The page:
November 20, 2014
The union members of Legal Services NYC and MFY met on November 19th and set a strike deadline of January 30, 2015.
On that date, the union members of both organizations will meet to discuss and vote on management’s January 15, 2015 offer. At that point, union members would then have had two weeks to discuss management’s offer and consider whether to accept or reject it. If the members reject management’s January 15 offer, the union will be on strike.
The union members of LSNYC are seeking salary increases for all staff that will compensate for many years without cost of living increases, and are seeking to roll back the unnecessary health insurance contributions that management forced upon the union a year ago under the false representation that LSNYC was facing dire financial circumstances. In reality, LSNYC ended 2013 with $5.9 million in unspent funding, 20% of which it will have to pay back to the federal government.
In this year’s contract negotiations, LSNYC management is again pleading poverty and limited resources, and is offering meager salary increases that barely cover the cost of health insurance contributions. LSNYC is also demanding that paralegal, secretarial, and intake worker jobs be converted into catch-all positions that would require these workers to do everything from intake, community outreach, filing, grants management, and litigation and advocacy support.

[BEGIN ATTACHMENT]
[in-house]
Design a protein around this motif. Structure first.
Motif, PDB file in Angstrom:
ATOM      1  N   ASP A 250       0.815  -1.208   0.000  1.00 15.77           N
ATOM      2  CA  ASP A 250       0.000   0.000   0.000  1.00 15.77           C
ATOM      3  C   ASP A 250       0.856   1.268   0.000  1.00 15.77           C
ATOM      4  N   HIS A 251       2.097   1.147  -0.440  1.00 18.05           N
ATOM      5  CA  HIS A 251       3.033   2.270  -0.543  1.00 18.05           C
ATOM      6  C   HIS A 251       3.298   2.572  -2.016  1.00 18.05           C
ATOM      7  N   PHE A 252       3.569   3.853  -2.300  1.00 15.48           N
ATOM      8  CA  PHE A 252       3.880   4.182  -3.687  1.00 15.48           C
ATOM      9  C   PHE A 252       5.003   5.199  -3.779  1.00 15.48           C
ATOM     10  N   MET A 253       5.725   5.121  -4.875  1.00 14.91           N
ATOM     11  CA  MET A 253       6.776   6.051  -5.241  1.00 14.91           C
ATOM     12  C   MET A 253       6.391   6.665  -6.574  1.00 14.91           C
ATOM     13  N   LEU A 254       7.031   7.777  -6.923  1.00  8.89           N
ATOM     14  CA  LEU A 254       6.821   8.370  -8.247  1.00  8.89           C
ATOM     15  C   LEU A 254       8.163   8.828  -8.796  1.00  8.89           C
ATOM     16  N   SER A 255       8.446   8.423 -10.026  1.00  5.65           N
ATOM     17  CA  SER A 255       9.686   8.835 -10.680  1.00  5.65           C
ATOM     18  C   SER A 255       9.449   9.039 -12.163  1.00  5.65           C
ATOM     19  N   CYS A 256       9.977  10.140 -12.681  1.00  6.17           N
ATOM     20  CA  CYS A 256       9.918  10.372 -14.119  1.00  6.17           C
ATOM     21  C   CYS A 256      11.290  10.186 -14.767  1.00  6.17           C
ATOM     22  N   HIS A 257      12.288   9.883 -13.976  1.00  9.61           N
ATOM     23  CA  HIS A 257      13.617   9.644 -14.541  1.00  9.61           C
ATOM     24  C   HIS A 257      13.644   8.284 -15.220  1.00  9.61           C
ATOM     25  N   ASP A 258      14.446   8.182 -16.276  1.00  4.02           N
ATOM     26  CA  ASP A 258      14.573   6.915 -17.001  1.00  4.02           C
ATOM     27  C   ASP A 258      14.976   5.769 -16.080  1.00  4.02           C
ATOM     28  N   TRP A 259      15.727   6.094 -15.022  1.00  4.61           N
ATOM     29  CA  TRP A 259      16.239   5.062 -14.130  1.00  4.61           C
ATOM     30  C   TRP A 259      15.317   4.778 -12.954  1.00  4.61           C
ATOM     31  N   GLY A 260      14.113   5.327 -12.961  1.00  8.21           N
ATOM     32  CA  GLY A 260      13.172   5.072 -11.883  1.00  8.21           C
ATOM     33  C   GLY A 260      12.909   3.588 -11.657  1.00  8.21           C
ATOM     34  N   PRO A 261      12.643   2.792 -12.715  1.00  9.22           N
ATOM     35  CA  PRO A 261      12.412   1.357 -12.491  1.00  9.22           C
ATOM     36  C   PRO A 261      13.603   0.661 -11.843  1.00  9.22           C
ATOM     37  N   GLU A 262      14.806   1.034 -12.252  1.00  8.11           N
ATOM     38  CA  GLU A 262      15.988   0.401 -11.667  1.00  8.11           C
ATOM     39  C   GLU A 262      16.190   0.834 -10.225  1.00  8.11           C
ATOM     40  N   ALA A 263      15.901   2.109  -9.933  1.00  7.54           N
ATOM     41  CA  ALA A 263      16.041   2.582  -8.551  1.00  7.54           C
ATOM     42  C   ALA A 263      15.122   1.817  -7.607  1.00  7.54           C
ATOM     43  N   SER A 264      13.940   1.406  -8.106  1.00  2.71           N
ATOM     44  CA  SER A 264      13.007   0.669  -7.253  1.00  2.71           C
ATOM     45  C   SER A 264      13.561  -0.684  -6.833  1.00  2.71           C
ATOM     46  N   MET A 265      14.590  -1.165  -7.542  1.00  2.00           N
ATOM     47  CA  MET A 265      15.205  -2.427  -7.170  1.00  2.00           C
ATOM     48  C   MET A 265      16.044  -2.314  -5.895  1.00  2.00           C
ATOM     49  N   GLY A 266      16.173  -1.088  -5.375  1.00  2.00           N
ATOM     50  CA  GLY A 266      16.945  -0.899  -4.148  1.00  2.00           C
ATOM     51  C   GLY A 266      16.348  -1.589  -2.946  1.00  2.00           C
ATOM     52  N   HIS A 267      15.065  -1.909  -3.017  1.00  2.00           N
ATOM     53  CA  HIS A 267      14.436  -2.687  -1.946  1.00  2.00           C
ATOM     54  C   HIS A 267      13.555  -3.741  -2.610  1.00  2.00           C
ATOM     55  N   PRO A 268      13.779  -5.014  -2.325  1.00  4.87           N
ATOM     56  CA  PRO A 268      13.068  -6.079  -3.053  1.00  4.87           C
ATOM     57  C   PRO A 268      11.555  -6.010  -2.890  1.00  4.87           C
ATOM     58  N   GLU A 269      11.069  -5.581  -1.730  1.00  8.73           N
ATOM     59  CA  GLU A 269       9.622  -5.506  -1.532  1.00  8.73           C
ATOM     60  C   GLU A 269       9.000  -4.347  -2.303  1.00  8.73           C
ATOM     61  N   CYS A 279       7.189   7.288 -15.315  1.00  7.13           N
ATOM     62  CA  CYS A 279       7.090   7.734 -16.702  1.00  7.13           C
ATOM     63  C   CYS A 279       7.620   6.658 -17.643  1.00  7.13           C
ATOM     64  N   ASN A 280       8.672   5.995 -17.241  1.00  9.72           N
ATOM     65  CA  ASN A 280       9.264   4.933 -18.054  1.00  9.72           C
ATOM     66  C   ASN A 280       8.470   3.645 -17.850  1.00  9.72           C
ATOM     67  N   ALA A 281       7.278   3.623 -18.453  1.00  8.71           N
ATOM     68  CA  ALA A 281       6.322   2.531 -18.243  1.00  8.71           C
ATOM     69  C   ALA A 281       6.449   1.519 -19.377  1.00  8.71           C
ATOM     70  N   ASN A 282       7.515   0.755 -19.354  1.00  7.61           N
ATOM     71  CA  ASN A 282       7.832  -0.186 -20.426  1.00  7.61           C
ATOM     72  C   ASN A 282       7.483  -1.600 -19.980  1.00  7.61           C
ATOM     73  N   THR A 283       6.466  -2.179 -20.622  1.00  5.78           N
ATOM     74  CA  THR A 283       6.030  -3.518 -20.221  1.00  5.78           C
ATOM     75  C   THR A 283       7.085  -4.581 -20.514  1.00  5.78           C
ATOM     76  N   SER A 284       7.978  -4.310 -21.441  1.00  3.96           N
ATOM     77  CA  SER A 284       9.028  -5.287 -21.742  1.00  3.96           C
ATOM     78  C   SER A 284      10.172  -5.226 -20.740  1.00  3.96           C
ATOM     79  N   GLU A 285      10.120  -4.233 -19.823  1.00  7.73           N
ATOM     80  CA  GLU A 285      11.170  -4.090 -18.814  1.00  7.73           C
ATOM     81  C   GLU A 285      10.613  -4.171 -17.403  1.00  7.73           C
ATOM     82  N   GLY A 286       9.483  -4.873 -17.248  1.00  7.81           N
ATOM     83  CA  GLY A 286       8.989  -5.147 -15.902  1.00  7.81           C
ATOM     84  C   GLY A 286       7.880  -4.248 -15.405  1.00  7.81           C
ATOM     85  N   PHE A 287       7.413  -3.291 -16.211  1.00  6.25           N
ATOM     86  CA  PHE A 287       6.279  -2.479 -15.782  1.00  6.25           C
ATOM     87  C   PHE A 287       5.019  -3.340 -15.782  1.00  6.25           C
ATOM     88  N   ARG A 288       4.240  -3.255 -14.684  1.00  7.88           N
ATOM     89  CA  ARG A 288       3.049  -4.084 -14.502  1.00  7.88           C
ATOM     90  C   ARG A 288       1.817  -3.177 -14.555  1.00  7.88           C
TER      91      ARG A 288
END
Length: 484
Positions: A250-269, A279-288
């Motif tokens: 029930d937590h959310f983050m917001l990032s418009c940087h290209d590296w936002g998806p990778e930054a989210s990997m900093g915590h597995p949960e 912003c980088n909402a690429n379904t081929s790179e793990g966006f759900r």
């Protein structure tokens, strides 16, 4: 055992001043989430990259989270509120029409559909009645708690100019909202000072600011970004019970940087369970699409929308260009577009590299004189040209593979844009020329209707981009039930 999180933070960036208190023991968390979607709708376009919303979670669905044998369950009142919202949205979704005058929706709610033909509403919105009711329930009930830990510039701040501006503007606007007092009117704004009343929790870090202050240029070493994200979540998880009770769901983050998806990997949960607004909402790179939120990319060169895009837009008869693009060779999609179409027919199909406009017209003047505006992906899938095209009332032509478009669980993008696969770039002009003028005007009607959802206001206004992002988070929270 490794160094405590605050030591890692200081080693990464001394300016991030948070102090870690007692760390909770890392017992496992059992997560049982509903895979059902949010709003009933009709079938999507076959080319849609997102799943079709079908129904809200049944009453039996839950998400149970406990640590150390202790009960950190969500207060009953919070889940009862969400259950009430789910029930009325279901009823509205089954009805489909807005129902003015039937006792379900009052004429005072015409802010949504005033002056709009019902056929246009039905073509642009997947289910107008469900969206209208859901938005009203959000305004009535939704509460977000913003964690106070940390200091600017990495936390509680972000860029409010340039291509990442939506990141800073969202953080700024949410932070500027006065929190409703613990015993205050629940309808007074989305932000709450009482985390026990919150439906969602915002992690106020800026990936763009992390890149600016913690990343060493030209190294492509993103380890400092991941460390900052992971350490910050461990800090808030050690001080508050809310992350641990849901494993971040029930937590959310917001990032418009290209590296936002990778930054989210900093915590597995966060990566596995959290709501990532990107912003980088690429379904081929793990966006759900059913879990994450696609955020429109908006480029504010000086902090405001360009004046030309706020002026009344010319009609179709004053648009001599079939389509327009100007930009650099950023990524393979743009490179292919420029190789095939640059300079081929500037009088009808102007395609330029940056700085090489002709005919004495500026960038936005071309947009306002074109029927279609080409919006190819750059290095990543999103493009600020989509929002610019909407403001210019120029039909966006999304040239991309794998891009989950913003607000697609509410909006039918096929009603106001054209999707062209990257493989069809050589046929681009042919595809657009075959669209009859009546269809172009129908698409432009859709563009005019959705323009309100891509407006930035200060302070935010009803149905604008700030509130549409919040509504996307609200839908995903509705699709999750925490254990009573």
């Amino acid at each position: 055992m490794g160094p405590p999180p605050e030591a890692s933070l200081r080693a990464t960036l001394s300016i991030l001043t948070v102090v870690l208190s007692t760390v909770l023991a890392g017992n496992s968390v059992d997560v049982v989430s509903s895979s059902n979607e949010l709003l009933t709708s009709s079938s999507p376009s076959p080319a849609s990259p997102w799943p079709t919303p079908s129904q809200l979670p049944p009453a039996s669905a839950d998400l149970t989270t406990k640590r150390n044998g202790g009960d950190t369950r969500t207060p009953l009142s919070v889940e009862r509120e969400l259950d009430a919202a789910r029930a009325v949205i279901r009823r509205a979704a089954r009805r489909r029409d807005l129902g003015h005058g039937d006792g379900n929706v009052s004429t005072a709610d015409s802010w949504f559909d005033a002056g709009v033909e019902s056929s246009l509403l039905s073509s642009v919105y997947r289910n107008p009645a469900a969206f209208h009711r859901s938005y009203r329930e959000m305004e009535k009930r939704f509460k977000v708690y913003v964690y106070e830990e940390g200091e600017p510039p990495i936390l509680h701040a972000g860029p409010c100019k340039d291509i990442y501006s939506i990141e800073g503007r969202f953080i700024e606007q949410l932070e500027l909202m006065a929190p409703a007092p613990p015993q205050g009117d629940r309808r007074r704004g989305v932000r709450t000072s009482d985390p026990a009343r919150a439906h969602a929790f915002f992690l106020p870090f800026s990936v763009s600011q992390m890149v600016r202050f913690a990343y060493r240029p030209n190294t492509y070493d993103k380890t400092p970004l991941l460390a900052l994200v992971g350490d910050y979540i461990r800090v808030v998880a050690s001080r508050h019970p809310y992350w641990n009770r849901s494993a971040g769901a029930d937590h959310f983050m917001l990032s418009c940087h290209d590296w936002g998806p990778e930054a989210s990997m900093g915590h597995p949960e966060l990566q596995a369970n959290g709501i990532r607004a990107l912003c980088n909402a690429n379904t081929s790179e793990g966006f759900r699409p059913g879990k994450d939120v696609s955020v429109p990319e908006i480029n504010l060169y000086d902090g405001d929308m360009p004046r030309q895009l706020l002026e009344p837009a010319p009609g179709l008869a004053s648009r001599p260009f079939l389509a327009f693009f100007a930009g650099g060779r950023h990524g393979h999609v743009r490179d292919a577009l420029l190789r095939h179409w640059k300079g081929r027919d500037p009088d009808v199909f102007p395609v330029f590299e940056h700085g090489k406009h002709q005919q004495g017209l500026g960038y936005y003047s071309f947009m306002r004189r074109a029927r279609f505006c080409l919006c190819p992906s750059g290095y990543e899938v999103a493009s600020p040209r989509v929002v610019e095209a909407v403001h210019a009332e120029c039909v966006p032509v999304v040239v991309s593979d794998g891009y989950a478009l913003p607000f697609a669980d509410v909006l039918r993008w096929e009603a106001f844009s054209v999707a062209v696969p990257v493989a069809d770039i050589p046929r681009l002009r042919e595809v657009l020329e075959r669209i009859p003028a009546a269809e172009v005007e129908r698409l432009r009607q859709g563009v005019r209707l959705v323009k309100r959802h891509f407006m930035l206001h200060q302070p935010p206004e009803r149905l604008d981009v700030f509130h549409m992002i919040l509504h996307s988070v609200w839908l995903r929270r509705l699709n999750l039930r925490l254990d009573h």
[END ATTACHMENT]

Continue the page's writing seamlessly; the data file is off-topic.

The union members of MFY are seeking fair compensation and benefits for all employees, quality services for clients, true diversity in staff, and family-friendly policies. MFY is one of the few progressive organizations – and the only unionized legal services provider – that provides absolutely no paid parental leaves to employees.
MFY management is currently resisting the union’s demands, and is seeking major health care givebacks, including capping sick days so that MFY need not pay more than 20 days of sick leave to employees facing terminal illnesses.
The management of LSNYC and MFY have approximately two months to make a reasonable offer that will allow them to avoid pushing their employees out on strike.